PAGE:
is defined as C structure whose only relevant fields for our case are a list of 624 integers representing the state stored in `rk_state.key`

and a position whose value is `rk_state.pos`

. The twister function from line 14 to 29 is only applied once every 624 called when the `state->pos`

reaches 624. In fact, the internal state stored in `state->key`

contains enough information to generate 624 different random numbers. The `tempering`

function consists of the bitwise operations lines 33 to 36.

The Mersenne Twister is used so much for two simple reasons:

It is fast to evaluate: few nanoseconds on a recent laptop according to

`time it.`

It produces sequences of numbers that look pretty random. In order to evaluate the randomness of a sequence, we can perform different statistical tests such as the (have a look at it!) that are passed by the Mersenne Twister PGNR.

MT PRNG should not be used as such for cryptography purposes! In fact, the

`temper`

function can be easily invertible. It means that for each output of the`rk_random`

function we can infer one column of`state->key`

and after 624 iterations of`rk_random`

we know perfectly the`state`

of the generator and can predict the remaining of the pseudo random sequence. In conclusion, do not use`numpy.random`

in any cryptography or gambling game development, but look rather for specialized modules such as the secrets, or Crypto.Random.Be careful when you use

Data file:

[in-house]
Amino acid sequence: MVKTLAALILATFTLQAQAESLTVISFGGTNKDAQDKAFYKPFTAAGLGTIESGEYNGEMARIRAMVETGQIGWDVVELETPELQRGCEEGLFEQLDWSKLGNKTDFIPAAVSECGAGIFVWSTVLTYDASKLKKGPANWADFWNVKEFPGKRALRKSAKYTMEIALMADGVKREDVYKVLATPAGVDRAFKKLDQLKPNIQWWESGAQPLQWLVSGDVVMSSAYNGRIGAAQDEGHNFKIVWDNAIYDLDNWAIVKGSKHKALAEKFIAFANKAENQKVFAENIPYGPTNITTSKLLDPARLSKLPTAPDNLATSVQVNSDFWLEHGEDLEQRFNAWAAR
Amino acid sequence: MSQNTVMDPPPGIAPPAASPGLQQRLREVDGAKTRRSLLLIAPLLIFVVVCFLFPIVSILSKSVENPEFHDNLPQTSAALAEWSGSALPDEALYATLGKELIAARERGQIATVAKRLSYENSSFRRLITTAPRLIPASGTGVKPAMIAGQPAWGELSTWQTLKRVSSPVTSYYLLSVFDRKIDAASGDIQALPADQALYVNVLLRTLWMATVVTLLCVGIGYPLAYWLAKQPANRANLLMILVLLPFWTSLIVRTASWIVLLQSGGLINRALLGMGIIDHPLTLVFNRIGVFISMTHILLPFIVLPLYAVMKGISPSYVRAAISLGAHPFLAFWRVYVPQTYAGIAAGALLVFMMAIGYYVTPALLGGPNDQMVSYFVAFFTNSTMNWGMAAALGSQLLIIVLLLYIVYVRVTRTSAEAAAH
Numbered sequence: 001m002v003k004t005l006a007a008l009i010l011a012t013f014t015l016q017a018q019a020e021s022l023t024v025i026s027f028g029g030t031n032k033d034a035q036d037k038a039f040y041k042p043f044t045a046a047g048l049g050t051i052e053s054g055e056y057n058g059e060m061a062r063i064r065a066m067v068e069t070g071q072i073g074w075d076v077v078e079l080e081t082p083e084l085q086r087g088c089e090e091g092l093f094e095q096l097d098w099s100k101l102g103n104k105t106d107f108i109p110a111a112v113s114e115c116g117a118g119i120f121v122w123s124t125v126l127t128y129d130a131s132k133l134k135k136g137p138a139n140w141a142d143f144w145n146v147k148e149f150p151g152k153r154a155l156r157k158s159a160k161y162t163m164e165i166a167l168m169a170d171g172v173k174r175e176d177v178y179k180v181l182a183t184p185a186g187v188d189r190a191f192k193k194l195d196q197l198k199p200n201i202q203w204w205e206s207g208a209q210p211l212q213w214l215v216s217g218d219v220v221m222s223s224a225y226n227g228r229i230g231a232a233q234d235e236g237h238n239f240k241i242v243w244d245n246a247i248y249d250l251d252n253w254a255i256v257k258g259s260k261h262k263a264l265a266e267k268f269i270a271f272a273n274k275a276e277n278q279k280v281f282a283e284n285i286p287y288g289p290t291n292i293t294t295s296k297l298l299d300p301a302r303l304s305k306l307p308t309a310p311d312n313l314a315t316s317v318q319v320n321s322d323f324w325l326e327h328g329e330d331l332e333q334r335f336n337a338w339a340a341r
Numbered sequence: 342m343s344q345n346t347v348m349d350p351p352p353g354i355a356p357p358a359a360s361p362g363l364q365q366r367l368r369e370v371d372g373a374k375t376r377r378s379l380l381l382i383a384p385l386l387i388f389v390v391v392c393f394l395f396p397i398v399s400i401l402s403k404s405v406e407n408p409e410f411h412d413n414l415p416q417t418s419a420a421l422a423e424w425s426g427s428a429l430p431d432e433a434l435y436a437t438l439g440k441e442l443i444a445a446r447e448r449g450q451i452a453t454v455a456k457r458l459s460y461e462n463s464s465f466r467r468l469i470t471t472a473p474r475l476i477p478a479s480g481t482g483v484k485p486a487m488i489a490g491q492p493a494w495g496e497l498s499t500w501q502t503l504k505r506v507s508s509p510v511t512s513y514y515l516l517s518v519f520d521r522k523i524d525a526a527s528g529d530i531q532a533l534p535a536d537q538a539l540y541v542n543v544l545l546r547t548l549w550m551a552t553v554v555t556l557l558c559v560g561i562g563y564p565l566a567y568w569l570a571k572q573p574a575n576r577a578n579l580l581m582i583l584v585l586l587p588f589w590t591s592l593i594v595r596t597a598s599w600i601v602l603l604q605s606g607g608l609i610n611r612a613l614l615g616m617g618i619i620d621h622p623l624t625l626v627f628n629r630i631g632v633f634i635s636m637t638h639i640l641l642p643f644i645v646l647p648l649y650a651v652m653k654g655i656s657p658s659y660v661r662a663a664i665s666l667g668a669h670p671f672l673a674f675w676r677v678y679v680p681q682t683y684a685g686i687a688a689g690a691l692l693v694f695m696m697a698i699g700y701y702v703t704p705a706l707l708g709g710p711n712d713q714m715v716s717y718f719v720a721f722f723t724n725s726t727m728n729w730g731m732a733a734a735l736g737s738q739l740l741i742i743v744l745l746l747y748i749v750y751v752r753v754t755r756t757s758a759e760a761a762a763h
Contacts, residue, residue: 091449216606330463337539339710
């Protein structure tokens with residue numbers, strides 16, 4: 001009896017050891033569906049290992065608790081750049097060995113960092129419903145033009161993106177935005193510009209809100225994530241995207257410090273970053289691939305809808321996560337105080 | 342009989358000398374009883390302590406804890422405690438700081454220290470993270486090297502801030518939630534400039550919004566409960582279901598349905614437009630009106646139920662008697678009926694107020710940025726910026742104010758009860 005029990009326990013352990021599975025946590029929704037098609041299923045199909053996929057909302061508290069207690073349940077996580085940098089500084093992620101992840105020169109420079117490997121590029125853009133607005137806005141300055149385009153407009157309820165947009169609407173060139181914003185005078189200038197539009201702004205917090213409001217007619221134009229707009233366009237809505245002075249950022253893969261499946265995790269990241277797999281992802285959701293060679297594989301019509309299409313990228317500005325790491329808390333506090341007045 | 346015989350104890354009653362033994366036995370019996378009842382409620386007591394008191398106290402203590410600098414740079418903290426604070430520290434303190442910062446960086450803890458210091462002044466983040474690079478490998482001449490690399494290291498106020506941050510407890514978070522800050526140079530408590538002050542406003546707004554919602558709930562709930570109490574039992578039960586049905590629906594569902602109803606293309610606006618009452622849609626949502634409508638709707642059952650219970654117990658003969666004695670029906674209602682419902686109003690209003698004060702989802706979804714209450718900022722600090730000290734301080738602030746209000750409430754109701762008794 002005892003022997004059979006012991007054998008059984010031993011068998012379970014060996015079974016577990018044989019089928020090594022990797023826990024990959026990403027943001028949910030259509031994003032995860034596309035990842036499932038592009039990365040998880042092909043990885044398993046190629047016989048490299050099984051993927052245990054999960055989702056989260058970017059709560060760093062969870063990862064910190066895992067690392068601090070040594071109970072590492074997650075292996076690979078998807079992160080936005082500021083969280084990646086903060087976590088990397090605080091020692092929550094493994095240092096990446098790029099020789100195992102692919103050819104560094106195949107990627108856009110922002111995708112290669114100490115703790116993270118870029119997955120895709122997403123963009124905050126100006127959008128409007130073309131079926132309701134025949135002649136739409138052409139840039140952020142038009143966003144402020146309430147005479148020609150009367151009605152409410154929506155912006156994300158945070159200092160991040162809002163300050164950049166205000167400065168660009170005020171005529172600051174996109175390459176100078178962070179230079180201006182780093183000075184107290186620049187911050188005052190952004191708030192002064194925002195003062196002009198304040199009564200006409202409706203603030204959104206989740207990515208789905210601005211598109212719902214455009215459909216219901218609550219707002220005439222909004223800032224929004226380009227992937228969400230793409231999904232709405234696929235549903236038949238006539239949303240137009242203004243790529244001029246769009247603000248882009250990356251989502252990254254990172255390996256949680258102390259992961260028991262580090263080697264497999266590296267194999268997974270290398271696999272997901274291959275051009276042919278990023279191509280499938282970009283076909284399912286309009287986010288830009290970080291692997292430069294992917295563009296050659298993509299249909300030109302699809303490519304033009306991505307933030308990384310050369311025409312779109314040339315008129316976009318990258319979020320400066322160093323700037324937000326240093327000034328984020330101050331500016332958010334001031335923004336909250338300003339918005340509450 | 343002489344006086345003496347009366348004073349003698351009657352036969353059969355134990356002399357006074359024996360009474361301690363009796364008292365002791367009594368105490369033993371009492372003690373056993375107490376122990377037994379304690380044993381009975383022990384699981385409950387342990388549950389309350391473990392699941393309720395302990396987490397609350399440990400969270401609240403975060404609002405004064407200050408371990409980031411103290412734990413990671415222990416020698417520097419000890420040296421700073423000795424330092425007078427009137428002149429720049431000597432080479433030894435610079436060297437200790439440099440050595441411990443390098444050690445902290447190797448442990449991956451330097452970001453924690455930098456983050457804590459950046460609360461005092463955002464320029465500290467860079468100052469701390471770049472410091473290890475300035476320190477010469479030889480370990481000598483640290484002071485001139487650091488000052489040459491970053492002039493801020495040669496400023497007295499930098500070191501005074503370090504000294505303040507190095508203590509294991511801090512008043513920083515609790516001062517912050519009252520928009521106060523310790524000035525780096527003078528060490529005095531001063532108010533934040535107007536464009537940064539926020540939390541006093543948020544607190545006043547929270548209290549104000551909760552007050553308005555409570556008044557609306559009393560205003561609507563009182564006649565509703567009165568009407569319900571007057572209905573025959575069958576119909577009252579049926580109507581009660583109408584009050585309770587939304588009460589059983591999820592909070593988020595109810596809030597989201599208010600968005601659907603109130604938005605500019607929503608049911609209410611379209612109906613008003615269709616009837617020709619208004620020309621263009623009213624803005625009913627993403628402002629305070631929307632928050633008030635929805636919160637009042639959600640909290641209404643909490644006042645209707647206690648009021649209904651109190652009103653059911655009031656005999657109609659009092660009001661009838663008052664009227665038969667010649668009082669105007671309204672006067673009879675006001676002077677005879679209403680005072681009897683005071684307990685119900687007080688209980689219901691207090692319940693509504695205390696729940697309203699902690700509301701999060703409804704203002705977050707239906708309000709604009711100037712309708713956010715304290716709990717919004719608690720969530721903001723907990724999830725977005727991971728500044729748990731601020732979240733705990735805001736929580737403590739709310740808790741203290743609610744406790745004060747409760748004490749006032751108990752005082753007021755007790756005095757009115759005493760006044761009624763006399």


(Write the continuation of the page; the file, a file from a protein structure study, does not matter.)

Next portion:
`numpy.random`

in multiprocess application as it can lead to misleading behaviors as shown in the following:

Output:

```
'Bad practice: '
[array([4, 2, 8, 0, 1, 1, 6, 1, 2, 9]),
array([4, 2, 8, 0, 1, 1, 6, 1, 2, 9]),
array([4, 2, 8, 0, 1, 1, 6, 1, 2, 9]),
array([4, 2, 8, 0, 1, 1, 6, 1, 2, 9]),
array([4, 2, 8, 0, 1, 1, 6, 1, 2, 9])]
'Good practice: '
[array([8, 9, 4, 5, 1, 0, 8, 1, 5, 4]),
array([5, 1, 3, 3, 3, 0, 0, 1, 0, 8]),
array([1, 9, 9, 9, 2, 9, 4, 3, 2, 1]),
array([4, 3, 6, 2, 6, 1, 2, 9, 5, 2]),
array([6, 3, 5, 9, 7, 1, 7, 4, 8, 5])]
```

You can see that the different calls to `bad_practice`

in our multiprocess template always generate the same output. In fact, the `RandomState `

is not re-initialized for each thread and all the threads share the same initial seed and initial internal state. While in the good multiprocess practice case, the random state is initialized for each thread differently.

In one of the square, I have randomly drawn in red 100 000 couples of points (x,y) with a uniform distribution in [0,1], while the other square contains 100 000 points coming from another stochastic process. Can you guess which one is the uniformly distributed one?

Actually, the uniformly random one is the left one! It is quite misleading as uniformly random processes might create more clusters and gaps than what we think. The image on the right was generated by first putting red dots on a regular grid and shifting each dots by random small steps (the output is therefore stochastic but it is not a uniform distribution). In fact, the human brain is quite bad for generating and/or detecting random processes, but that would be the topic of another post!

Thanks to Pierre Marcenac, Pierre Marcenac, Dan Ringwald, and Nicolas Jean.